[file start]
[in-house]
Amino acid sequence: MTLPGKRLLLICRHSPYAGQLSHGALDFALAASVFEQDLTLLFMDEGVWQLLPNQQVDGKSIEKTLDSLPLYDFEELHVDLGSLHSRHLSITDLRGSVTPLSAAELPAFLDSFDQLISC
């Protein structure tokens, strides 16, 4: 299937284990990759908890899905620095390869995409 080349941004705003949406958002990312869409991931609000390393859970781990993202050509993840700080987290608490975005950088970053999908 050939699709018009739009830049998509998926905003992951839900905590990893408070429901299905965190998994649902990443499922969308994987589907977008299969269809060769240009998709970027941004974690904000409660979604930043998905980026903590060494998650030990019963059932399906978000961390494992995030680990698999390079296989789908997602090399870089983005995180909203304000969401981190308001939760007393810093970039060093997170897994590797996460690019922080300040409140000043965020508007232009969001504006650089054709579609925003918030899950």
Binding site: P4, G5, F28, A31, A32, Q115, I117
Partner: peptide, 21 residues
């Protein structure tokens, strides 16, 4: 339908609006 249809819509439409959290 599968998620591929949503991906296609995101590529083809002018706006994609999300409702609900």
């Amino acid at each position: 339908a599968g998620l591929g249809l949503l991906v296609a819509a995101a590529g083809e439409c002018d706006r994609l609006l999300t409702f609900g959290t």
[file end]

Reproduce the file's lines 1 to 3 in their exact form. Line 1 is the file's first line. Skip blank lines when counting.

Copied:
[in-house]
Amino acid sequence: MTLPGKRLLLICRHSPYAGQLSHGALDFALAASVFEQDLTLLFMDEGVWQLLPNQQVDGKSIEKTLDSLPLYDFEELHVDLGSLHSRHLSITDLRGSVTPLSAAELPAFLDSFDQLISC
């Protein structure tokens, strides 16, 4: 299937284990990759908890899905620095390869995409 080349941004705003949406958002990312869409991931609000390393859970781990993202050509993840700080987290608490975005950088970053999908 050939699709018009739009830049998509998926905003992951839900905590990893408070429901299905965190998994649902990443499922969308994987589907977008299969269809060769240009998709970027941004974690904000409660979604930043998905980026903590060494998650030990019963059932399906978000961390494992995030680990698999390079296989789908997602090399870089983005995180909203304000969401981190308001939760007393810093970039060093997170897994590797996460690019922080300040409140000043965020508007232009969001504006650089054709579609925003918030899950």